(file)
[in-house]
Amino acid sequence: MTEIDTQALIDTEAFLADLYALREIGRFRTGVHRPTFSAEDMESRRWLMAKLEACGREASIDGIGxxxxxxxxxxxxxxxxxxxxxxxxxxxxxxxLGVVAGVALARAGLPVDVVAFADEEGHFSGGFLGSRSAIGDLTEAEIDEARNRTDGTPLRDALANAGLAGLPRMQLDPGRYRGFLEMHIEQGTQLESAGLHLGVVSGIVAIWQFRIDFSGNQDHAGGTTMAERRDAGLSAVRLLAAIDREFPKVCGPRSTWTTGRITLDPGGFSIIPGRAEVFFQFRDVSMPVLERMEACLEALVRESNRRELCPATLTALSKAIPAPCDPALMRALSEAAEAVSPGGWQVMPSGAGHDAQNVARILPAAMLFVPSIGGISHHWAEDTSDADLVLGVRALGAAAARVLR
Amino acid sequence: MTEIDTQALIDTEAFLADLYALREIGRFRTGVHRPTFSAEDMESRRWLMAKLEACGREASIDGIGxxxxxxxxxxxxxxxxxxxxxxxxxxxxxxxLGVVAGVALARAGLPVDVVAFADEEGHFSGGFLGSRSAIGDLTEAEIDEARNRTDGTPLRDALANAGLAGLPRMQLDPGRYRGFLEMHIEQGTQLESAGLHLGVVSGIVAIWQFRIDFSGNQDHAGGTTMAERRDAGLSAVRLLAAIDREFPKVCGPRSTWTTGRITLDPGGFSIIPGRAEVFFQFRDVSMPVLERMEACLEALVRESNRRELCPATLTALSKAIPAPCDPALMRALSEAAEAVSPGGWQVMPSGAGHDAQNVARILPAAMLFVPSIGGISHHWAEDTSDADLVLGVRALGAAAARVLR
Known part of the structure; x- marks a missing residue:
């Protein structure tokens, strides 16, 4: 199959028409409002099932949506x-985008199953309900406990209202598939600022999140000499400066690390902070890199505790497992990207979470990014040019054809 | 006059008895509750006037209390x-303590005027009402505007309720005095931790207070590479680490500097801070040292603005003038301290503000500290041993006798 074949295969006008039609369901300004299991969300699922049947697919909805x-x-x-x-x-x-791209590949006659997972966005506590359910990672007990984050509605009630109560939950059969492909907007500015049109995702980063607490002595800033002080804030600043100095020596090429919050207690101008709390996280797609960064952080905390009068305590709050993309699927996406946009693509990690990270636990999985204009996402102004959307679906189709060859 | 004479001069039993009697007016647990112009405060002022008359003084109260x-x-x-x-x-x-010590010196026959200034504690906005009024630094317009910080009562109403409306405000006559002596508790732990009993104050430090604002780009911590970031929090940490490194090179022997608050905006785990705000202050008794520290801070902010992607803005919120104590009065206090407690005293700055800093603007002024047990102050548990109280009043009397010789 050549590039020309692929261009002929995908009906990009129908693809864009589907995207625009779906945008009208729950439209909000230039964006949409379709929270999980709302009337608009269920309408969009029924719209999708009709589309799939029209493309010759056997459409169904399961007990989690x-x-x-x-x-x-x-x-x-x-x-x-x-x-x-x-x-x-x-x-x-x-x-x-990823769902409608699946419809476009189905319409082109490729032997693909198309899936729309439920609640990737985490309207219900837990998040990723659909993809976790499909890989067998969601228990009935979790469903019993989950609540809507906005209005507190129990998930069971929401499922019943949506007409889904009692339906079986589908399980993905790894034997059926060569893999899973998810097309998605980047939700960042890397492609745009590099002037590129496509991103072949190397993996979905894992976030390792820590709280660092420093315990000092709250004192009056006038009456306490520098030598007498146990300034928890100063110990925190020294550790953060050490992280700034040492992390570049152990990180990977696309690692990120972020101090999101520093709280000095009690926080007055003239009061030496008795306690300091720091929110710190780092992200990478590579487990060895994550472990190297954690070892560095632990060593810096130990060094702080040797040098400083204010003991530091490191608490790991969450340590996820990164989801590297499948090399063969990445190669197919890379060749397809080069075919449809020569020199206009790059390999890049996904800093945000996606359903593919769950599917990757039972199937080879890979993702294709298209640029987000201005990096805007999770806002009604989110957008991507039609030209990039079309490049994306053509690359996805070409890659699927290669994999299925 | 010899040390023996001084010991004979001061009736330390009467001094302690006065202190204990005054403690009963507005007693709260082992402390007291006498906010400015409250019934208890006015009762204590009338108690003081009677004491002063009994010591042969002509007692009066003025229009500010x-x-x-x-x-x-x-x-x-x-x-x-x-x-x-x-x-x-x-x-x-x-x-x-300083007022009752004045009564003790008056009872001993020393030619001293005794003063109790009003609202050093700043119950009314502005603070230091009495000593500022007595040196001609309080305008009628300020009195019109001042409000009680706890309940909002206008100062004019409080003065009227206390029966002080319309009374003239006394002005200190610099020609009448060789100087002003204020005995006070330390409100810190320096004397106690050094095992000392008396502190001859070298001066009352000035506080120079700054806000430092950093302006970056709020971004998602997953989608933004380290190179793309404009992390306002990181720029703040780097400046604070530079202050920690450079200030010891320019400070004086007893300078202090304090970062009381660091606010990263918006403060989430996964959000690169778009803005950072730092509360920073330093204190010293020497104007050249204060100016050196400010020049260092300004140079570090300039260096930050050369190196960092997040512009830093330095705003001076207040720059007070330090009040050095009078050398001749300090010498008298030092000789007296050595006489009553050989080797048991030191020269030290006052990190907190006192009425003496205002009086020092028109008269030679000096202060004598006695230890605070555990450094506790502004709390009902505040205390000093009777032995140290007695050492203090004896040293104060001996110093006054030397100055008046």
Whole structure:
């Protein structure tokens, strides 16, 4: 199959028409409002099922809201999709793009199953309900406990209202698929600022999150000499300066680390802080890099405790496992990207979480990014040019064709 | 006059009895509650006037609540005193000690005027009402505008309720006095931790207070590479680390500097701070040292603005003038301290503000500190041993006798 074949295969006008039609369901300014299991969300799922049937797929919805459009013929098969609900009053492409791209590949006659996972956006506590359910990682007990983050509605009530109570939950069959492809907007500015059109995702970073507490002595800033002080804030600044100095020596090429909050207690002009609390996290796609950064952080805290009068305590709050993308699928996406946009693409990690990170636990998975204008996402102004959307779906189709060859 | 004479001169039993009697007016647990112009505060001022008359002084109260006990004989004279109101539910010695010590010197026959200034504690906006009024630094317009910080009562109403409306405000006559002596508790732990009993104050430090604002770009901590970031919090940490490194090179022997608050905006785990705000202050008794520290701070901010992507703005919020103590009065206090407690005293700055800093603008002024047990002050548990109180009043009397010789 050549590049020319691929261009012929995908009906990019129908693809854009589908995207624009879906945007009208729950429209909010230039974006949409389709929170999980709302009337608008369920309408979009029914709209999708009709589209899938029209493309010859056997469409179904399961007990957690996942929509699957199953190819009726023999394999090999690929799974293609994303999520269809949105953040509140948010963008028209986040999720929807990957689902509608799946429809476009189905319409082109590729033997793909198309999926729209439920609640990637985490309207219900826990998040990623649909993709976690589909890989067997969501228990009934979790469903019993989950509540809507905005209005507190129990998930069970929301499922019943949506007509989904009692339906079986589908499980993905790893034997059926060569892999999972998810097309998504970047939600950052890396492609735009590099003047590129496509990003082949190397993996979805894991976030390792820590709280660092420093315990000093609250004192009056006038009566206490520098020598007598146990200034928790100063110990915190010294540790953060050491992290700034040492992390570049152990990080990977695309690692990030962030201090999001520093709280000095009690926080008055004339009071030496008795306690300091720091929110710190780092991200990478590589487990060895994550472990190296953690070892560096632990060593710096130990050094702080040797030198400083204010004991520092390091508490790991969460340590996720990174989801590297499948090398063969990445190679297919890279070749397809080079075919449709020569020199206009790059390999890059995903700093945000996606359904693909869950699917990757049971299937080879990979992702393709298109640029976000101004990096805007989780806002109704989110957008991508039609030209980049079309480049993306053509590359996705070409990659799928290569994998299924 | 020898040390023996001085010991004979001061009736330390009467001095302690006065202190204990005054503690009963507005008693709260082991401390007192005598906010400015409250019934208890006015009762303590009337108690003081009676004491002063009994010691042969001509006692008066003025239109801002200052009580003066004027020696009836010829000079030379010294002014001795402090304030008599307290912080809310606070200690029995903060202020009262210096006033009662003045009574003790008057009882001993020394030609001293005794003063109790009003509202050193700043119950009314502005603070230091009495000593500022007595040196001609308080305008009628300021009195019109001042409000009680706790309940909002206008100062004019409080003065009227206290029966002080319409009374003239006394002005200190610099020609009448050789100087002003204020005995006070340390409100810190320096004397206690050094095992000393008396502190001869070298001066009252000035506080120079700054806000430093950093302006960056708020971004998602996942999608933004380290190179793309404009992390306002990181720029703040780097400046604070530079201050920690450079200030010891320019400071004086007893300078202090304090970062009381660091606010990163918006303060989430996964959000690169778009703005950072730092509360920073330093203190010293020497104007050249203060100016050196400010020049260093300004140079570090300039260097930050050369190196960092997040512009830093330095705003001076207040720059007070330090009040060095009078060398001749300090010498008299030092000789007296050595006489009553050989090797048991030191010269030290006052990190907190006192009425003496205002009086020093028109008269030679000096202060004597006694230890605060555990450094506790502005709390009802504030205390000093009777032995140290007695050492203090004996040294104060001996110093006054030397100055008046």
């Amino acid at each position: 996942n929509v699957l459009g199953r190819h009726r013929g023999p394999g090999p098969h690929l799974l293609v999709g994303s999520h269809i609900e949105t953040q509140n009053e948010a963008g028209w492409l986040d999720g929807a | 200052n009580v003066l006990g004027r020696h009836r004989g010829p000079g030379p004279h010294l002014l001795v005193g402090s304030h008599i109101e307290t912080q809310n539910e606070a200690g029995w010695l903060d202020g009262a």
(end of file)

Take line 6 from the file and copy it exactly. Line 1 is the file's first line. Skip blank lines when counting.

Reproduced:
Whole structure: